8 286 Advanced Computational Methods in Heat Transfer IX environment and any flames present during the time of ventilation controlled combustion. The FDS model does not contain such a self-consistent combustion model, so the quantity of unburned fuel and CO production has been estimated and subject to a sensitivity analysis. The field data of the heat release per unit volume during backdraft evolution are reported in Figure 10. Figure 10: Field data of the heat release per unit volume (kw/m 3 ) during backdraft evolution. A temperature profile inside the bedroom during backdraft is shown in Figure 11. The values are in the range of C, much lower than flashover temperatures as expected. This figure is compatible with the observed fire scenario and are indeed necessary to support the production of relatively dense unburned fuel, prior to cold air mixing, necessary to allow downward flame propagation from second floor to the first floor window, were the deflagration was vented out. 5 Lessons learned The fire service community has long recognized the hazards associated with backdrafts. Typically, firefighters are involved in initial search and rescue or suppression operations when the backdraft occurs. Current tactics for reducing the backdraft hazards are to vent the structure prior to entry. However, the ventilation process is often a second priority to the rescue operation. Indeed,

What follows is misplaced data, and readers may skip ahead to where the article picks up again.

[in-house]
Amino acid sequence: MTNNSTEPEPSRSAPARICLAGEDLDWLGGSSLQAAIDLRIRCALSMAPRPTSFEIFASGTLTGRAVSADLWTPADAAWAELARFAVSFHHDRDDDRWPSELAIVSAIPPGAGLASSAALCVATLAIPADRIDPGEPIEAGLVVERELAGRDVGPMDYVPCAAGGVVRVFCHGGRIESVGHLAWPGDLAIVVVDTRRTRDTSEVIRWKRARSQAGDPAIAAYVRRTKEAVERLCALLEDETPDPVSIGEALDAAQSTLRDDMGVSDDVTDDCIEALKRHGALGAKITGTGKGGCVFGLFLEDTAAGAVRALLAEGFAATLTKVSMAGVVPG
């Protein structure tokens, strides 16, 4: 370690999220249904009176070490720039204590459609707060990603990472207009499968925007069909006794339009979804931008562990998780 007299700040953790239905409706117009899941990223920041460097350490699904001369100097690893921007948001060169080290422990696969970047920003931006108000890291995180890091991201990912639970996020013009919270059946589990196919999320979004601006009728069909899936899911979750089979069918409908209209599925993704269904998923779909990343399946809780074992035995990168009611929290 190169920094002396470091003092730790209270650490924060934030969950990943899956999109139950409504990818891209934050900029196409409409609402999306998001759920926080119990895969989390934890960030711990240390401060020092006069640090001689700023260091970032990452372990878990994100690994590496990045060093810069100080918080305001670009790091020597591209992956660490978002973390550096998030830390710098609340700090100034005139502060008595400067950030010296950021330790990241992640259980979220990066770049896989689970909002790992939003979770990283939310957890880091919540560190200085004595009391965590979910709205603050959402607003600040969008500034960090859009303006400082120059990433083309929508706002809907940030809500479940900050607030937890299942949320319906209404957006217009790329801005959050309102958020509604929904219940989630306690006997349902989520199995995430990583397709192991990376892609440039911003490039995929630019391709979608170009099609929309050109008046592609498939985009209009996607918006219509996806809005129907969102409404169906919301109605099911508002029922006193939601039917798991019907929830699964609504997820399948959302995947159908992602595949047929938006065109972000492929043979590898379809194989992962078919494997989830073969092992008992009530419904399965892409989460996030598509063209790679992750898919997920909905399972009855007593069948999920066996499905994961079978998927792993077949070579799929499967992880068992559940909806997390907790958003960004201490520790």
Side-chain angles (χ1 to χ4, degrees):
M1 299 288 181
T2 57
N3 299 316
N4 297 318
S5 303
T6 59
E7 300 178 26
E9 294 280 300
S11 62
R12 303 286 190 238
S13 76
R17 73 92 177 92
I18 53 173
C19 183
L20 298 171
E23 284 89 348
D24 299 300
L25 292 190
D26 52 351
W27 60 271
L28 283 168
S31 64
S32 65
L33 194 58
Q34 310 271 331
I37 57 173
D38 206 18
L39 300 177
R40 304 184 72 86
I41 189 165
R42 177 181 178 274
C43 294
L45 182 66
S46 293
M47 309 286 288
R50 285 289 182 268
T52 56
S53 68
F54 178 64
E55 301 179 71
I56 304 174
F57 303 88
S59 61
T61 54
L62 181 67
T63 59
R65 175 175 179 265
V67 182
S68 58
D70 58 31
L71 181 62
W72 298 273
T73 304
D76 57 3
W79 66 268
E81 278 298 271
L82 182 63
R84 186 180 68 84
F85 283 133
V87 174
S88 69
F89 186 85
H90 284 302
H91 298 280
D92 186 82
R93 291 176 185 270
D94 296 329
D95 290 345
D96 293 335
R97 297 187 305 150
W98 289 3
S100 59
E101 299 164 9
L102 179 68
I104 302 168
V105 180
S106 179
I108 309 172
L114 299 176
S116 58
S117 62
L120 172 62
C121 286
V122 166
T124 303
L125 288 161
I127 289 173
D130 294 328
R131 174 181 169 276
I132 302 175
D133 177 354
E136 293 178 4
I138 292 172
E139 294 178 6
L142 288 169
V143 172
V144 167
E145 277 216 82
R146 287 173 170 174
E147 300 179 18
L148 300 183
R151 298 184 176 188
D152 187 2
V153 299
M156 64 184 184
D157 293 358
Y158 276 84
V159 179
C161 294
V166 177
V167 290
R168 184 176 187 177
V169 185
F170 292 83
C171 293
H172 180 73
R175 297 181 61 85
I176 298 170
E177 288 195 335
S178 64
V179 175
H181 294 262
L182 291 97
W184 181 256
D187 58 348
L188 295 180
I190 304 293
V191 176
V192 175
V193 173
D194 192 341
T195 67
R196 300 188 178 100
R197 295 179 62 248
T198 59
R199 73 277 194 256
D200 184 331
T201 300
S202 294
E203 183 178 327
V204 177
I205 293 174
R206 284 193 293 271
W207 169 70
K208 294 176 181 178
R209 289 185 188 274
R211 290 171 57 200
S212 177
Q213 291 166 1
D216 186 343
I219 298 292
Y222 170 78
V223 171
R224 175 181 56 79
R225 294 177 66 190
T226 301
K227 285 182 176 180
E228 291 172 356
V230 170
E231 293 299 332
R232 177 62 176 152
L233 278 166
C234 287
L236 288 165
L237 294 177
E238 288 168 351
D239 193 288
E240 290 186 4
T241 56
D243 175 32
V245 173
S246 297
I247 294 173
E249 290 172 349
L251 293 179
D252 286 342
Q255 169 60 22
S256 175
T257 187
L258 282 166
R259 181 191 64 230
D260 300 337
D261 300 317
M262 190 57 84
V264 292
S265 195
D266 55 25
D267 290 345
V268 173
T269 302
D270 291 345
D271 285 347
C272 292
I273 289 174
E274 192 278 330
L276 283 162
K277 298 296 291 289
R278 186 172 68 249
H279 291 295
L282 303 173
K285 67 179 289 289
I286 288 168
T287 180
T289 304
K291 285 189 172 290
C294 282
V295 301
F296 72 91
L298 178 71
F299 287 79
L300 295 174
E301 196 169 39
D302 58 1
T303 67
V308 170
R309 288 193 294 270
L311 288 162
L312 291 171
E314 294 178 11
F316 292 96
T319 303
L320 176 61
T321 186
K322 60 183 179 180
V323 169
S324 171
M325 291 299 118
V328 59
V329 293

9 Advanced Computational Methods in Heat Transfer IX 287 unless it is restricted to roof venting, ventilation may facilitate rather than prevent a backdraft. Even if neither the occupant nor the firefighters get seriously injured, it is fundamental to analyze the incident to increase the overall consciousness of safety culture and avoid the risk that valuable information get lost unreported as because no one had been injured. It has also pointed out the benefits of the use of modern, computer fire modeling in the reconstruction of fire incidents to understand critical factors for mitigating their impacts. Figure 11: Temperature profile inside the bedroom ( C) during backdraft. References [1] Mc Grattan, K.B., Baum, H.R., Rehm, R.G., Hamins, A. & Forney, G.P., Fire Dynamics Simulator Technical Reference Guide, NIST Special Publication 1018, Nat. Inst. Stand. Tech., Gaithersburg, MD, USA, [2] Fleischmann, C.M., Backdraft phenomena, NIST-GCR , Nat. Inst. Stand. Tech., Gaithersburg, MD, USA, [3] Fleischmann, C.M., Pagni, P.J. & Williamson,R.B, Quantitative backdraft experiments. Proceedings of the International Association for Fire Safety Science 4th International Symposium, July 13-17, 1994, Ottawa, Canada, IAFSS, Boston, MA, USA, T. Kashiwagi, ed., pp , 1994.